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Scratching the surface and understanding the importance of roulette odds will significantly improve your gameplay and decision-making.
If you’re ready to take your roulette skills to the next level and improve your chances of winning, read the following guide on roulette odds, payouts and house edge.
European vs. American Roulette Odds
You know by now that each roulette version has different odds and rules. Since the European and American variants are the most popular, we’ll focus on them and explain the difference.
European roulette is the most famous roulette version played in land-based and online casinos. The European version has favorable odds and easy-to-follow rules compared to other versions. The European Roulette wheel has 37 pockets — numbers from 1 to 36 and a single zero. Since there are 37 pockets, the true odds are 36:1, while the game pays 35:1 on straight-up wagers.
The house edge is far lower than in American roulette. Take the one, divide it by 37 (number of pockets), and multiply by 100, and you get the European roulette house edge — 2.7% (2.7027027, to be precise).
Unlike European roulette, the American wheel has 38 pockets (numbers from 1 to 36, a single and a double zero). As a result, you have one chance to win and 37 ways to lose a wager. Essentially, the true odds are 37:1. However, your chances to win are lower than in the European version because you’re two units short, while the payout in American Roulette is also 35:1.
Take the two units and divide them by the number of fields (38), multiply by 100, and get the American Roulette house edge — 5.26% (5.26315789 more precisely).
Therefore, most players don’t see any reason to choose American Roulette over the more favorable European version. Of course, sometimes you won’t have any choice if a casino only features the American option.
Payout Structure and House Edge for Roulette Bets — Charts
European and American roulette offer nearly the same inside and outside bets. Inside wagers (straight up, split, street, etc.) are the ones you place on the inner section of the table. They have slightly lower odds but offer better payouts.
On the other hand, outside wagers (high/low, red/black, odd/even, etc.) are placed on the outer line of the roulette table. Contrary to inside bets, these offer higher odds but lower payouts.
The table below displays inside and outside wagers and their payouts in European and American roulette.
|Bet Type||European Roulette||American Roulette|
|House Edge||Potential Payout||House Edge||Potential Payout|
How to Determine Roulette Payouts
As you can see from the table above, theoretical payouts depend on the bet. Calculating the payout before placing a wager will help you predict the possible win and help you decide which wager to place.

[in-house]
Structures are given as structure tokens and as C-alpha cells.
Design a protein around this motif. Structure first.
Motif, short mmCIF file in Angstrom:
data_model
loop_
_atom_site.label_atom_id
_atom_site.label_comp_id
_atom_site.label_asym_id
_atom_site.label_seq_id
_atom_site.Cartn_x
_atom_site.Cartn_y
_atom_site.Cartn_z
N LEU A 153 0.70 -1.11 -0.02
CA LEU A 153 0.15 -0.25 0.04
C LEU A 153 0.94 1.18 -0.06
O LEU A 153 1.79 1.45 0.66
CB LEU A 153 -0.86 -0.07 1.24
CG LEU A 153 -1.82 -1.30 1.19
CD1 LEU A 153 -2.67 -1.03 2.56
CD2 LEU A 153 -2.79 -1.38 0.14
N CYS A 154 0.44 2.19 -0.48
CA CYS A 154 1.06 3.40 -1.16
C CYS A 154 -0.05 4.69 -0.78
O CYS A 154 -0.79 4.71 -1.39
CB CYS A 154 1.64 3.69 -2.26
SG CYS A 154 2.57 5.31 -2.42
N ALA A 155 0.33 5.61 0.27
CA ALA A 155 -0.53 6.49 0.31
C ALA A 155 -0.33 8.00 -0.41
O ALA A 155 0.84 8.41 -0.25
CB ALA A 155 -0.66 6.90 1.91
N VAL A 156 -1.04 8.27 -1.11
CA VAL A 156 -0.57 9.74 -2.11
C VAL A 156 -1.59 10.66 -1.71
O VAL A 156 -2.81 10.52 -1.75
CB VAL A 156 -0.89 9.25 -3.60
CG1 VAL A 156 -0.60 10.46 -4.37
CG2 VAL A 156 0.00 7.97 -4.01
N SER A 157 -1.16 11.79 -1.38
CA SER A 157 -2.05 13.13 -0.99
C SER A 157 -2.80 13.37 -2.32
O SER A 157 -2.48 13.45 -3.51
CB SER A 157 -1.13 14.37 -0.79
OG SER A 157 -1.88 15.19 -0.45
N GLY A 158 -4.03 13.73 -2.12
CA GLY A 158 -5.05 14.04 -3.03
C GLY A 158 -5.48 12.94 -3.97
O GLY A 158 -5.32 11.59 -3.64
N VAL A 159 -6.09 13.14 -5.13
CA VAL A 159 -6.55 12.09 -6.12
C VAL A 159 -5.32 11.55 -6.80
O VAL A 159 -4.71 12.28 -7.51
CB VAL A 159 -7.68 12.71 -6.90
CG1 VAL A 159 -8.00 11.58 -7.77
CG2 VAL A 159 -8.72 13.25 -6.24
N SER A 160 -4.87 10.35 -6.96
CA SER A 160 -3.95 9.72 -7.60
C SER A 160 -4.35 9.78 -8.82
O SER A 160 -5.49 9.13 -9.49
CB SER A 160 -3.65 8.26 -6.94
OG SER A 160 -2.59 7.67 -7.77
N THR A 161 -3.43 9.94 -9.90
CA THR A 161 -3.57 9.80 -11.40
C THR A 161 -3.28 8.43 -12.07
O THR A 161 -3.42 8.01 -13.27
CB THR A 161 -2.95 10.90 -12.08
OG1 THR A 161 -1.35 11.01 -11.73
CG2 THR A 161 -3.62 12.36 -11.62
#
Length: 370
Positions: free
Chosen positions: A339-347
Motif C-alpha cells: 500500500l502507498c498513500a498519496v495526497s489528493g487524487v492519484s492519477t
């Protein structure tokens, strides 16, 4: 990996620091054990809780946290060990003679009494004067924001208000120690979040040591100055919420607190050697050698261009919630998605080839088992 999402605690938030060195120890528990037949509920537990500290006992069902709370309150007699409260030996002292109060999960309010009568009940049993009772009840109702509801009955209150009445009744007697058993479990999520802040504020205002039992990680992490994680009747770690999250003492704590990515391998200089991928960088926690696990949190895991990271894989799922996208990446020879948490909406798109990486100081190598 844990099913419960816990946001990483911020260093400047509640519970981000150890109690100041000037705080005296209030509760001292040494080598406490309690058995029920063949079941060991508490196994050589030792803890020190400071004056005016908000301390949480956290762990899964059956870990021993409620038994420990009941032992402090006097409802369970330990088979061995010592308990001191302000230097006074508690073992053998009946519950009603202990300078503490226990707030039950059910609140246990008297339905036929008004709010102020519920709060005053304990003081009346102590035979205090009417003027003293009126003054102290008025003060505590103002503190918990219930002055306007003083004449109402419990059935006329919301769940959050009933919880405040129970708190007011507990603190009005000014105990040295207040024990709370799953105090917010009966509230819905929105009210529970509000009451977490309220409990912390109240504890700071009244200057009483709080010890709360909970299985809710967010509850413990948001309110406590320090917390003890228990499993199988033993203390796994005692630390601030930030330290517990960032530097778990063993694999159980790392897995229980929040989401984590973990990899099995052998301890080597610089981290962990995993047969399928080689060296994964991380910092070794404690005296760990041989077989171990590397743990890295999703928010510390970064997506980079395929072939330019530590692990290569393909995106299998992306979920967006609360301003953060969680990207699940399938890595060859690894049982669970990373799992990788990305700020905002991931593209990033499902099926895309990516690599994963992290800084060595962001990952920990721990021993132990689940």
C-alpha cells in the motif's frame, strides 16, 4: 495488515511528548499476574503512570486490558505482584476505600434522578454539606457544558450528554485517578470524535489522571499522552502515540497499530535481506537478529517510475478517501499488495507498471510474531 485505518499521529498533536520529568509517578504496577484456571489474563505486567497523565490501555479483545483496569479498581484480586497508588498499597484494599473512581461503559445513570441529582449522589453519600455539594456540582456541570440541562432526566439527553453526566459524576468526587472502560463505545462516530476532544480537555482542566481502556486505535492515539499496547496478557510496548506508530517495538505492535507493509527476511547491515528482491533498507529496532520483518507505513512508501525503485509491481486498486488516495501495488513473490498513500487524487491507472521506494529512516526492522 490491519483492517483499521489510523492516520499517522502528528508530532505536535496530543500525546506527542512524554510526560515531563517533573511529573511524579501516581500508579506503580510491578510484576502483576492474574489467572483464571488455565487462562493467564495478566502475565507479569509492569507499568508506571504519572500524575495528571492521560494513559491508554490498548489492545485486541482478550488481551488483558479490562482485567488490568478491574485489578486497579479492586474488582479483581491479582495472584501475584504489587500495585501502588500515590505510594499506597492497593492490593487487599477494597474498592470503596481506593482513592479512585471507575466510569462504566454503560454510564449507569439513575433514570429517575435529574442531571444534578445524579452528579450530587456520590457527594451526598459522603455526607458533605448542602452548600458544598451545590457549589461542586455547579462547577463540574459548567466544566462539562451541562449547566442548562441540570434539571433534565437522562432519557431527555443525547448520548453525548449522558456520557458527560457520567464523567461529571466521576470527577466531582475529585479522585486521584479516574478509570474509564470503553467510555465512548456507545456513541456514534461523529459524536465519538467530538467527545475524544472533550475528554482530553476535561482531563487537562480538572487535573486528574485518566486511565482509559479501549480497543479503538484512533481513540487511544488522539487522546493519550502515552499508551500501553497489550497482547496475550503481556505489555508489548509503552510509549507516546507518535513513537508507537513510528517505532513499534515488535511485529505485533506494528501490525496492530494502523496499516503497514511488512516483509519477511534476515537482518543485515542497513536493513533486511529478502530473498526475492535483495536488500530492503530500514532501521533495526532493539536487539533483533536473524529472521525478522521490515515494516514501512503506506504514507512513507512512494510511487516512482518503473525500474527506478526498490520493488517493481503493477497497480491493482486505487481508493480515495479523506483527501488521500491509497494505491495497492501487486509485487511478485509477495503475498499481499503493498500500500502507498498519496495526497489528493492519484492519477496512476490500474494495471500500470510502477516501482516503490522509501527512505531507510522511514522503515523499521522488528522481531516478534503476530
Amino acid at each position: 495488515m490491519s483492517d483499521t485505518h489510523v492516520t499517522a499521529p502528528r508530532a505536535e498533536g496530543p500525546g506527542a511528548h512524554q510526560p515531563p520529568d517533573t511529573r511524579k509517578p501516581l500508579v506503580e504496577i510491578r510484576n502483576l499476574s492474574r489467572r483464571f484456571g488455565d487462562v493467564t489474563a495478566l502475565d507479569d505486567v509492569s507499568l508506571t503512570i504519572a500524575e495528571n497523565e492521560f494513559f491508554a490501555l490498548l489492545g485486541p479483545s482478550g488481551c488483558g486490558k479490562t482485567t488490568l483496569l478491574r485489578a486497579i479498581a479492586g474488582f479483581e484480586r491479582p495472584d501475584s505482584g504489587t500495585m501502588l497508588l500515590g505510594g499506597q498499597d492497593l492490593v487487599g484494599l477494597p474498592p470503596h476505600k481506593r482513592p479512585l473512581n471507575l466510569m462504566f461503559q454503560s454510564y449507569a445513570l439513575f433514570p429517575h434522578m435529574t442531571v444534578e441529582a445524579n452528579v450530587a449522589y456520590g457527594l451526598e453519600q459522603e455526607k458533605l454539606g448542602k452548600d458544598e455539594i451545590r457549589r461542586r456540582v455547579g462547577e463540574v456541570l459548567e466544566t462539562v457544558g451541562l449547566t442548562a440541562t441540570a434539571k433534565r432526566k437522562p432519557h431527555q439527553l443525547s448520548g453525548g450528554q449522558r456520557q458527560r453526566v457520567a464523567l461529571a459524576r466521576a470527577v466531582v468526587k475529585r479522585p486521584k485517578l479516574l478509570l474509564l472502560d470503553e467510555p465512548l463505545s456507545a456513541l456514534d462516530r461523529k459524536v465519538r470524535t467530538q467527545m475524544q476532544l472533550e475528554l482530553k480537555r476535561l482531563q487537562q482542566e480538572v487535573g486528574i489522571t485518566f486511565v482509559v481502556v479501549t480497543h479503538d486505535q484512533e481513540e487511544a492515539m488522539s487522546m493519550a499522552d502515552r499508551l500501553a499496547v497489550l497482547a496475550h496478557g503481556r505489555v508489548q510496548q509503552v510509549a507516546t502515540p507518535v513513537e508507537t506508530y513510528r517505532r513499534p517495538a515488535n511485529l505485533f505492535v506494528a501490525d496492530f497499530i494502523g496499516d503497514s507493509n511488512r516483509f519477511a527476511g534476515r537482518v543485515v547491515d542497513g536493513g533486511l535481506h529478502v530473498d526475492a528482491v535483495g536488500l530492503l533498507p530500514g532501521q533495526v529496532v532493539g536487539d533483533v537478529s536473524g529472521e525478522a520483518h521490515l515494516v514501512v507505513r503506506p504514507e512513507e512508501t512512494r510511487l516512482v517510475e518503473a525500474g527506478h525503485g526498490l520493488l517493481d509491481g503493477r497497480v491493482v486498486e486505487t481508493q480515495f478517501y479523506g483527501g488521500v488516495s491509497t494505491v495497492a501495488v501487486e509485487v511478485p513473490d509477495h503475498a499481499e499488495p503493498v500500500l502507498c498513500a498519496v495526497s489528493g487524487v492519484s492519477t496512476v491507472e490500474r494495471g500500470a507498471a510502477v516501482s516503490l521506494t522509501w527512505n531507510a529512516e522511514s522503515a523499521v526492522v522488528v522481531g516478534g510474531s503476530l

The math behind roulette payouts is simple. Take the number of fields (zeroes excluded), divide it by the number of pockets your wager covers, and subtract one from the amount. For instance, a three-number bet will have the following payout — 36 divided by three is 12. Subtract one, and you get the payout — 11:1.
Calculating how much you’d win is even simpler. You need to multiply the bet amount by the payout. For example, a person has placed two chips on a single number and won. The single-number wager pays 35:1. Therefore, determining the payout would go like this — two chips multiplied by 35 = 70 chips.
Apply this to any wager type and theoretical payout, and you can easily calculate how much you’d win.
Can You Beat the House Edge in Roulette?
We previously explained how to calculate the house edge in American and European roulette. It’s a simple equation showing the casino’s advantage.
The American version has a higher house edge (5.26%) due to the additional double-zero pocket on the wheel. The European variant cuts the percentage in half and offers a more favorable house edge (2.7%).
As you can see, the house edges in roulette, especially the American variant, are pretty high compared to other casino games. That means it is more difficult to beat the house.
However, several tricks can help you reduce the house edge and minimize your losses. Check them out:
Some online casinos offer the Surrender side wager on even-money bets.
If the ball lands on single or double zero, and you lose, the dealer will only take half of your stake. That way, instead of facing a 5.26% house edge in American roulette, you’ll go against 2.63%.
If the European variant supports this bet, the house edge will go from 2.7% to 1.35%.
This wager lets you recover your even-odds bet if a spin hits the single zero.
You can then choose whether to put the bet en prison (in prison) and keep it for the next round.
If the bet wins on the next spin, you get back half of your stake. This side bet cuts the European roulette house edge in half (1.35%).
If you cover more fields and place different bet types, your chances of hitting the correct number will increase. However, you should be wary of the roulette version and the house edge.
Remember, this game is based on luck, so your plans might not always pan out.
Whether you’re a seasoned player or a beginner, you should cover all the bases and learn everything about roulette odds and payouts. Hopefully, this guide helped you understand roulette technicalities to make better decisions for your budget.
If you’re not ready to play online roulette for real money, find online casinos with the free play option and hone your skills before investing any hard-earned cash.
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